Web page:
When coming for a holiday, people often focus on seeing things, rather than experiencing them.  A stay at Waterland offers the chance to experience local color in a place of extraordinary natural beauty.

Walk along the lanes in our area, admiring the lush gardens and meeting people in the neighborhood. Visit some of the neigborhood churches.  For a real tropical experience, go to a church right on the beach!  The beach and church are only 600 meters from waterland.

Take a boat trip along the Dutch Canal north to Waikal, a bird-watcher's paradise.  Along the trip you are likely to see herons, egrets, cormorants, terns, kites, parakeets, bulbuls, and robins.  Stop for a drink or a meal at the Canal Restaurant in Waikal.

 
Take a boat trip south into Negombo Lagoon.  On the way to Negombo Lagoon, you are likely to see villagers fishing in the canal, children flying kites, and people going about their daily chores. You will pass by villagers' homes, shops, and schools...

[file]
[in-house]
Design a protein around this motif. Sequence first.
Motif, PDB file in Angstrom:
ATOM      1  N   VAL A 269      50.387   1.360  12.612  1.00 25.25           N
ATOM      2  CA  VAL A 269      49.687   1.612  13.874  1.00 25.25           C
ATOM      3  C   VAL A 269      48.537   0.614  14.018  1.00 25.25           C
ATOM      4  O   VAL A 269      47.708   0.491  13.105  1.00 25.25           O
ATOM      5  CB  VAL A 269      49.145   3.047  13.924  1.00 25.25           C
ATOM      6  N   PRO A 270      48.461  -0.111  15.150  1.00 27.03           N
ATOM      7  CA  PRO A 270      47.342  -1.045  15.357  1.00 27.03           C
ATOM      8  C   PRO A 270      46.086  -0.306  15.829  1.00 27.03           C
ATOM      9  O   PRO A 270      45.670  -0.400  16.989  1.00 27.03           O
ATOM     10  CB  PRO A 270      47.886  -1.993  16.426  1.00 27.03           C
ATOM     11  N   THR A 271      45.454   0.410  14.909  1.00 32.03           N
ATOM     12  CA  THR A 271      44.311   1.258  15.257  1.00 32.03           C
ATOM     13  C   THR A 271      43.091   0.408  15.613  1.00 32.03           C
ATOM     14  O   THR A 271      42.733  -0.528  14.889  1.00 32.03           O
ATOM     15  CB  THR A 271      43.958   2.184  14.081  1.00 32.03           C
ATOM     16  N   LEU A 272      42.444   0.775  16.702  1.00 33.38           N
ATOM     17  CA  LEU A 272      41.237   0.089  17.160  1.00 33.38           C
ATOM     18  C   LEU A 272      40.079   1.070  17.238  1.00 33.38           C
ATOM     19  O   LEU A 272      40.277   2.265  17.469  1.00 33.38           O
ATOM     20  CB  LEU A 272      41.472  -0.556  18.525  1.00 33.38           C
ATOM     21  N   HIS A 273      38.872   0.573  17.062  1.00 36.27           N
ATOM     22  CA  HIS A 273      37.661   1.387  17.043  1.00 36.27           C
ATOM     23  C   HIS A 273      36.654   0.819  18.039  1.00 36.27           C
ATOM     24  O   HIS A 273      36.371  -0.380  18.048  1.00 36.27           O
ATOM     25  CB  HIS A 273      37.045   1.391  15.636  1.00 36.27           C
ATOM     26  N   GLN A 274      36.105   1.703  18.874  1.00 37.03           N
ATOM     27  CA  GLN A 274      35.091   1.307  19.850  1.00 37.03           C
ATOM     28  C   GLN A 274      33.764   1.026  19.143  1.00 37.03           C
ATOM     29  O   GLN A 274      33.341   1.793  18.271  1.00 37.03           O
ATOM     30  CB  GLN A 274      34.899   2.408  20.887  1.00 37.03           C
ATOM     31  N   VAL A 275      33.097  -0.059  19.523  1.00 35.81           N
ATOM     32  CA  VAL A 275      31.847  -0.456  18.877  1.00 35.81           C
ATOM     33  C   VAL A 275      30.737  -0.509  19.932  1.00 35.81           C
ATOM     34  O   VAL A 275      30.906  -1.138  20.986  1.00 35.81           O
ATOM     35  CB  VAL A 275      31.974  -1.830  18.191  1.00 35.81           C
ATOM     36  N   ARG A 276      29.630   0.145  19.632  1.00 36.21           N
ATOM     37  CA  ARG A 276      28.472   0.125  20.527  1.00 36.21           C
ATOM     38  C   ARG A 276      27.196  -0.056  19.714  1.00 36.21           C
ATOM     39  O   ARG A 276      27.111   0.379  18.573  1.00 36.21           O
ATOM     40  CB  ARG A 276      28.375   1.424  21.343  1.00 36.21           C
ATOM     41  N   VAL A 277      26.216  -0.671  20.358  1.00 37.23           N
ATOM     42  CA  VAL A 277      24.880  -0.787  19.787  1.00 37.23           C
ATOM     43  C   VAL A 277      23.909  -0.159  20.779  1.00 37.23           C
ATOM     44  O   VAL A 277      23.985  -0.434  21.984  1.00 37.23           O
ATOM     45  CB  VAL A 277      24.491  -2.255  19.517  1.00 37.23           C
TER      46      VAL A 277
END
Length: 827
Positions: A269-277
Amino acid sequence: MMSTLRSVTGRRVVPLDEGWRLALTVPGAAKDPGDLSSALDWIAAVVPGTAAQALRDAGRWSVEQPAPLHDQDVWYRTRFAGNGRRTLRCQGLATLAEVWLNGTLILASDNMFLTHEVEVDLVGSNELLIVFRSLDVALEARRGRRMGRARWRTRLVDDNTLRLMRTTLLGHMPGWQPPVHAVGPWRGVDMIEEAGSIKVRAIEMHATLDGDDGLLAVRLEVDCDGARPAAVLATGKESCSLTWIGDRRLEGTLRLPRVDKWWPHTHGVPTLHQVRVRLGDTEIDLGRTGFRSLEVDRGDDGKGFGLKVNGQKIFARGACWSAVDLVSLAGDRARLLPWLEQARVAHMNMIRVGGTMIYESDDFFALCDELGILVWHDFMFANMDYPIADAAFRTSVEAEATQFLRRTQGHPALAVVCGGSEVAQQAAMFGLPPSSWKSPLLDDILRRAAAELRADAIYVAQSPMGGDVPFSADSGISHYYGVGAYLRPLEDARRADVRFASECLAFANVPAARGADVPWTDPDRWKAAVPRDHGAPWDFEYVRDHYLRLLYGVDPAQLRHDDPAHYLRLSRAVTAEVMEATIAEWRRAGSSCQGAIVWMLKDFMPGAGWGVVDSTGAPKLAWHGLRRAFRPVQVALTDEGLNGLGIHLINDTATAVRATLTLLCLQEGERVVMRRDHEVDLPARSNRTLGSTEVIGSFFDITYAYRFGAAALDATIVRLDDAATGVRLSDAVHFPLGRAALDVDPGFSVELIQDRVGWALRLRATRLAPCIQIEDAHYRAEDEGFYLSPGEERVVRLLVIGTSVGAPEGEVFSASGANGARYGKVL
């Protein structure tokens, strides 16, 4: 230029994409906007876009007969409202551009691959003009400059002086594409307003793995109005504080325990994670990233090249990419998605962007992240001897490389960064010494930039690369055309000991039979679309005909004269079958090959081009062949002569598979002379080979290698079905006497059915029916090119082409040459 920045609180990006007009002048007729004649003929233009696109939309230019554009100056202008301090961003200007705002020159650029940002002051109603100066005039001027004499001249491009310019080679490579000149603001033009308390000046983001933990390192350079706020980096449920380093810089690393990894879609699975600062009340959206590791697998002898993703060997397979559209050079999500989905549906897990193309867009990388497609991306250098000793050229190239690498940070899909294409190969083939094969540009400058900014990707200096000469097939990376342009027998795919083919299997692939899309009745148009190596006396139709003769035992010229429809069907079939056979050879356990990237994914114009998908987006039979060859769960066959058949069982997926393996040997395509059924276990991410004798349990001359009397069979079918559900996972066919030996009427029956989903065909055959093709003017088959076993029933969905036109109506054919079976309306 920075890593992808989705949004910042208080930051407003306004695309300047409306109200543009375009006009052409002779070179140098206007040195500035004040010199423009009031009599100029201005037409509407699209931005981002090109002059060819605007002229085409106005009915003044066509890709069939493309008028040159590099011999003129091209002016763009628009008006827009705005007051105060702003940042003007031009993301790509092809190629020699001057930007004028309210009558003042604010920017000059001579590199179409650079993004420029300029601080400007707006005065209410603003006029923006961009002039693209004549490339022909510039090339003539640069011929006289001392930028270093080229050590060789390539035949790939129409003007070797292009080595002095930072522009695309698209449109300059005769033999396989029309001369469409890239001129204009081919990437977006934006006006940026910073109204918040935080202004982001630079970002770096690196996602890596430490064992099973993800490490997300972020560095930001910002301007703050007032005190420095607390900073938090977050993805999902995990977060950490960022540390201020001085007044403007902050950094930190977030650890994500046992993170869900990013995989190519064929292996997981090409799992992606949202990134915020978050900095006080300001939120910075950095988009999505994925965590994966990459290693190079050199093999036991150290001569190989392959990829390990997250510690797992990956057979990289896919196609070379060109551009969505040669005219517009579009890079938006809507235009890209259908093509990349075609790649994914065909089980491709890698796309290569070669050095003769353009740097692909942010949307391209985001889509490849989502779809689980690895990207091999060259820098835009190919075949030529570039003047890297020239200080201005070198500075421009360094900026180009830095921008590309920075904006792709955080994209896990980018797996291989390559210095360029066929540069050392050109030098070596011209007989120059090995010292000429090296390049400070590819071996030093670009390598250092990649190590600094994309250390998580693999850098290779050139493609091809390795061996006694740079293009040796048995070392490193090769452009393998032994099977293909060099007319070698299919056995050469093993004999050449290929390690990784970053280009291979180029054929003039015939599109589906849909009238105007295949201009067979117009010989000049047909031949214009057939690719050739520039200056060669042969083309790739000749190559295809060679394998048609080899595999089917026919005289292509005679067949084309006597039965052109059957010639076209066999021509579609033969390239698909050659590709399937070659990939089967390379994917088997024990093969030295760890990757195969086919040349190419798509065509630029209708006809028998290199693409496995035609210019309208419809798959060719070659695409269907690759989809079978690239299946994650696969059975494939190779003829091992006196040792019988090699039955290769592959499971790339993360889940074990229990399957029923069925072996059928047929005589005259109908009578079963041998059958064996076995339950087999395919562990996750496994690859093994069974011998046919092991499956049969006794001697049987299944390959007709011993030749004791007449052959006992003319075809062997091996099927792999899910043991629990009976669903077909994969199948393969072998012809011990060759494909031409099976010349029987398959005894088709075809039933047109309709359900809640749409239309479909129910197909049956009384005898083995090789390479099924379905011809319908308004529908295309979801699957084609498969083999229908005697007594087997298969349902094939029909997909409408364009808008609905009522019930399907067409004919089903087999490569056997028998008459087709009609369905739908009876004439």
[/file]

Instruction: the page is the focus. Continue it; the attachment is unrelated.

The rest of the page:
October 2, 2015

Each of the Catholic churches in Negombo has a festival in honor of its patron saint and/or its foundation.  

Our Lady of Sorrows is one of several churches near Waterland. The church had its annual festival in September.  During the festival, the community placed lights and blue and white banners along the parade route.  Parishioners walked the parade route, accompanied by chanting and marching bands.  At the front of the parade, a group of choir boys carried crucifixes.  Immediately behind them, parishioners transported a statue of the patron saint.  The parade passed by Waterland and ended at the church.  At the church, a priest ceremoniously welcomed the return of the statue.

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106A St Marys Road
Pallansena; Kochchikade

Negombo  11540

 


+94 31 49 39 456
(front desk landline)


+94 76 77 48 544
(front desk mobile)

info@waterlandvilla.com